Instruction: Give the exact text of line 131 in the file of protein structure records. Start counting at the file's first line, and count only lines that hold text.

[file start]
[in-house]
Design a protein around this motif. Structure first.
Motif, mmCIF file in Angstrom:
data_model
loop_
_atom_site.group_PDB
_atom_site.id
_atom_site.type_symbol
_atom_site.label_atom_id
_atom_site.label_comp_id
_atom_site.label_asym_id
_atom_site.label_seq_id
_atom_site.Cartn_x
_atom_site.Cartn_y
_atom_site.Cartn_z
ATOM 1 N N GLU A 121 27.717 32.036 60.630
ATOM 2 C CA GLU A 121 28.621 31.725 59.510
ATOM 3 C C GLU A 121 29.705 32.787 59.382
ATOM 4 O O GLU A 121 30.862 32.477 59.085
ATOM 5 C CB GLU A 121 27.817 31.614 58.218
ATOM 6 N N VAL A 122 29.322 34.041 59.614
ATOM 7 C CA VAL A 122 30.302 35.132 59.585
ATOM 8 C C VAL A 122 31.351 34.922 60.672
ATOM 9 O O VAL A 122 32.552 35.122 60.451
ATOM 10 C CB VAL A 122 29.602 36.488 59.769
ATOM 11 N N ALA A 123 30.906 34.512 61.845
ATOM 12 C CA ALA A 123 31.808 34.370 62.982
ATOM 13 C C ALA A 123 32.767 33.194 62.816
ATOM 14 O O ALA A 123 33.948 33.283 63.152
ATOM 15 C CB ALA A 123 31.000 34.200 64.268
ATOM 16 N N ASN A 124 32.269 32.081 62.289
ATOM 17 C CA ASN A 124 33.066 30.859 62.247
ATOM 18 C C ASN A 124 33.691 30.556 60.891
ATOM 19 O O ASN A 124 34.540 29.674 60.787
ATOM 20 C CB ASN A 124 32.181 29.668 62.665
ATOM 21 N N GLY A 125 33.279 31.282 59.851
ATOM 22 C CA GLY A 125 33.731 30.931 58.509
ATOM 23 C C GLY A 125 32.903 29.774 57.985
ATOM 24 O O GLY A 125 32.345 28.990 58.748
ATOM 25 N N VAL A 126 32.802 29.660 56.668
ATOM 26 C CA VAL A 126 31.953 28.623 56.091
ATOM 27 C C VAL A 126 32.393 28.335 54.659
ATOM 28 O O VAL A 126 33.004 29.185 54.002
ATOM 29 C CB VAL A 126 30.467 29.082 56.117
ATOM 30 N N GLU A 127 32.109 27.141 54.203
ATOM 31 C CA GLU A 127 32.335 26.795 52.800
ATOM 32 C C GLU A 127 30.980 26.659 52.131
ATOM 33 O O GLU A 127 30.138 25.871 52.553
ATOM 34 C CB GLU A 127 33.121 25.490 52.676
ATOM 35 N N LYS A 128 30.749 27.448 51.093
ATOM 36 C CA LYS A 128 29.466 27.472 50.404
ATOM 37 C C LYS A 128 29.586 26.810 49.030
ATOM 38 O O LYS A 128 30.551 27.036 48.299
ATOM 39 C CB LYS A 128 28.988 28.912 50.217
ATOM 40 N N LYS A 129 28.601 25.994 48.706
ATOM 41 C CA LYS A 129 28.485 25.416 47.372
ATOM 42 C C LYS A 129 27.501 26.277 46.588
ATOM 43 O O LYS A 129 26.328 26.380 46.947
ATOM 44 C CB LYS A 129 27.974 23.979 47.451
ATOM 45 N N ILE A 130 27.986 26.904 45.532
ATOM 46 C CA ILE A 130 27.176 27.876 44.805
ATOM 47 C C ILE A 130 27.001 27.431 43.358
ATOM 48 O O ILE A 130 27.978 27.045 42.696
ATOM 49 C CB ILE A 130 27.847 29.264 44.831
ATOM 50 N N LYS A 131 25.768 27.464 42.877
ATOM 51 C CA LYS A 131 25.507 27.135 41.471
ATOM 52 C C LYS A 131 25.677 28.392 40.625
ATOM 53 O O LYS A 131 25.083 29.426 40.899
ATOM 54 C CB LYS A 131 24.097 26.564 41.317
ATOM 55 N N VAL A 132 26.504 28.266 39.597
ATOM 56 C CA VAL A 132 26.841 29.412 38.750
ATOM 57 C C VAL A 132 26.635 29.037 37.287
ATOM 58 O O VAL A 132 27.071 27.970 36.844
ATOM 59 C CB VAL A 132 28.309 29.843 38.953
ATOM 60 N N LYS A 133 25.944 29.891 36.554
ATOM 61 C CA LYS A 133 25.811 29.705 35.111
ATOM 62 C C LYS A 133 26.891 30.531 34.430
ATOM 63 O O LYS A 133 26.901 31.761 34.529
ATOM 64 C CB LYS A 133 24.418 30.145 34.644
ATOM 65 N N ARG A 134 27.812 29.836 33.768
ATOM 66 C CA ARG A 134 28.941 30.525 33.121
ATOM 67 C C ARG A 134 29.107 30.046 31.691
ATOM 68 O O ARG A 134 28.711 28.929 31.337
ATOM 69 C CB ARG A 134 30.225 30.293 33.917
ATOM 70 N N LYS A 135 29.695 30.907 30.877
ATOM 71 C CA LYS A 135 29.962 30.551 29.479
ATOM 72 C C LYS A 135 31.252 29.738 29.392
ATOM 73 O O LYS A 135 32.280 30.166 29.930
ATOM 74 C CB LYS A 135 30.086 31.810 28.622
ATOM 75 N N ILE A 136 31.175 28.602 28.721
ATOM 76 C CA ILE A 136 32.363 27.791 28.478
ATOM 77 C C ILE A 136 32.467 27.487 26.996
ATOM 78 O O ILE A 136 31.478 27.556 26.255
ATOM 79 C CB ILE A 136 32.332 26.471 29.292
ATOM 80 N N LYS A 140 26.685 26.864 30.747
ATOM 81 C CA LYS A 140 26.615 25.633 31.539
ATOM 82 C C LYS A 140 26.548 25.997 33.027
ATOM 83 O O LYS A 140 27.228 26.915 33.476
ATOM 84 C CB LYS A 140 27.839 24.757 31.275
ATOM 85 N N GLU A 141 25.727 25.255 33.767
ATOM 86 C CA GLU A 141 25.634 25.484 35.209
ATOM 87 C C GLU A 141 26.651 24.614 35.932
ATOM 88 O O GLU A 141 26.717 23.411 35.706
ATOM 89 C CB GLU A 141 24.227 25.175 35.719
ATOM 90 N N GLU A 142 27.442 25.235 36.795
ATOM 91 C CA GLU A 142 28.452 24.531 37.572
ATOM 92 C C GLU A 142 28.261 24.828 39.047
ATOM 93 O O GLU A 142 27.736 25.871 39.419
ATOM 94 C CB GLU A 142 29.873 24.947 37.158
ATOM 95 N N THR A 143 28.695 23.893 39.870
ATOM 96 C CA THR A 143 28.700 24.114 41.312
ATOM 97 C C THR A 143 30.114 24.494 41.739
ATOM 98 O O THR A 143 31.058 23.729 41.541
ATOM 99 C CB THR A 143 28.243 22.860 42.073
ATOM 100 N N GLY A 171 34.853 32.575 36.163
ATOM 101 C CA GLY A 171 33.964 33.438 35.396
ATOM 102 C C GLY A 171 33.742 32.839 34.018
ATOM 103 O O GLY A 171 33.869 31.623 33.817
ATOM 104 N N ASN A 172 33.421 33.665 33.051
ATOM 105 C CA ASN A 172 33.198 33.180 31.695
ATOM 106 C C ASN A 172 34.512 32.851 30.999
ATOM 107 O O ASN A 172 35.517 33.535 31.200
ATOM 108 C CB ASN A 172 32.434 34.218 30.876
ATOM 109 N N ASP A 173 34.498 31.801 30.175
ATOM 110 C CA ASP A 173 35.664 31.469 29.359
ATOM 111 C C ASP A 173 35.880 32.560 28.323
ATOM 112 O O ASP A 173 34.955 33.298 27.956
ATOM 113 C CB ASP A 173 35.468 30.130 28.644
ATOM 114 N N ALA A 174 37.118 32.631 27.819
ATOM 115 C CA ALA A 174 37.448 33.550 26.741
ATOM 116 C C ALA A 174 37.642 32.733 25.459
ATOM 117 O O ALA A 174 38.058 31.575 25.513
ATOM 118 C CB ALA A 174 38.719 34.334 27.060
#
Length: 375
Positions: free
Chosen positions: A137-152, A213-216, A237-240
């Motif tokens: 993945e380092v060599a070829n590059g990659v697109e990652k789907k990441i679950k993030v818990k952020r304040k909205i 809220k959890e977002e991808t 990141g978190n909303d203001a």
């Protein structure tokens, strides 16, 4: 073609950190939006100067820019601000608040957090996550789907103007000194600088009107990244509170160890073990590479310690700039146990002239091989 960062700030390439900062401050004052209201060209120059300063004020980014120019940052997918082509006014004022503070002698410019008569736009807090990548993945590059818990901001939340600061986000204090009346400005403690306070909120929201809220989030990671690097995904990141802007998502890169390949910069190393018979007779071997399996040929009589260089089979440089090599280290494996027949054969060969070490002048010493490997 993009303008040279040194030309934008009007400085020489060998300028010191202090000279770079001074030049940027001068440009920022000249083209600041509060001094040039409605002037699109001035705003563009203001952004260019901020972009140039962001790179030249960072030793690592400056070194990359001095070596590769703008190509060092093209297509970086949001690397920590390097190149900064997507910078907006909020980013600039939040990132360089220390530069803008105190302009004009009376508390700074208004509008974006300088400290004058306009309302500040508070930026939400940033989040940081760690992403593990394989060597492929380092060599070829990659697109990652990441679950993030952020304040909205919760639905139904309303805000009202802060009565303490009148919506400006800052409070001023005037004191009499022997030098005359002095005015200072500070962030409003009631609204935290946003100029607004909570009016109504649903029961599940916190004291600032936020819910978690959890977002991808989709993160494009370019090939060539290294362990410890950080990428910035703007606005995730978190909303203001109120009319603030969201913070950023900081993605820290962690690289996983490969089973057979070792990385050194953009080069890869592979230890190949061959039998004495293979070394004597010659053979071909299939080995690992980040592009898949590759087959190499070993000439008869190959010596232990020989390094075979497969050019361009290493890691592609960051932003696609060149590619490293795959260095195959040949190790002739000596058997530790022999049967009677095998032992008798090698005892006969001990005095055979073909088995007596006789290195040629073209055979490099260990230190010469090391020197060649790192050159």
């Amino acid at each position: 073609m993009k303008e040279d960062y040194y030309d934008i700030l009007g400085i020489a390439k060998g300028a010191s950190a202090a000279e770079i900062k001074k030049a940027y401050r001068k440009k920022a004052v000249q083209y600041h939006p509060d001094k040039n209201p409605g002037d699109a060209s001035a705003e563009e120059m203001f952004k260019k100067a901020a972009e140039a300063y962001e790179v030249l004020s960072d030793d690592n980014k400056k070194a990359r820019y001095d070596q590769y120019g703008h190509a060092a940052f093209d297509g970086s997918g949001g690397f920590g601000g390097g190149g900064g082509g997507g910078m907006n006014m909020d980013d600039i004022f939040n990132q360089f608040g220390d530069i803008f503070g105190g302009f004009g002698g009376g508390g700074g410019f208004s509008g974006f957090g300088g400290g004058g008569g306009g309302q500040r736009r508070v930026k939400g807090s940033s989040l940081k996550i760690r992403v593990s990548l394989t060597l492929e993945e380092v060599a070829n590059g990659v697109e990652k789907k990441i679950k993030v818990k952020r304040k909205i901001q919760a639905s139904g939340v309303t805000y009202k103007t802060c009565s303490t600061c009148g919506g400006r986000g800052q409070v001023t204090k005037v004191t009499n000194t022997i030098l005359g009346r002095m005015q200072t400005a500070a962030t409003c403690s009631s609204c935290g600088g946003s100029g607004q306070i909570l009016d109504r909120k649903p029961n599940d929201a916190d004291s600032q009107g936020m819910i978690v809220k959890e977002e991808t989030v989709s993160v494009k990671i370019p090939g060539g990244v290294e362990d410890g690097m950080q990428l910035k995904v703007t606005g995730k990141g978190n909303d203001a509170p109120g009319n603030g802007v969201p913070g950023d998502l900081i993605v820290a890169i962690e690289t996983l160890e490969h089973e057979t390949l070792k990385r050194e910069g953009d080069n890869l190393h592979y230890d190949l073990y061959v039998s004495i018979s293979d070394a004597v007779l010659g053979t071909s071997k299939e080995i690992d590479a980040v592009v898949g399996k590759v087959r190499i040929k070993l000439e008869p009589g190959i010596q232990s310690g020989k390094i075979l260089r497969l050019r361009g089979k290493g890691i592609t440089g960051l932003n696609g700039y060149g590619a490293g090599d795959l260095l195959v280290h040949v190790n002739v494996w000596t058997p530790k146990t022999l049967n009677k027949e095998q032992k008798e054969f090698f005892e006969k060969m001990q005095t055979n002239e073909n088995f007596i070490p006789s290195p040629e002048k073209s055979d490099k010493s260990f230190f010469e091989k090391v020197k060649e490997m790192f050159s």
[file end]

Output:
ATOM 116 C C ALA A 174 37.642 32.733 25.459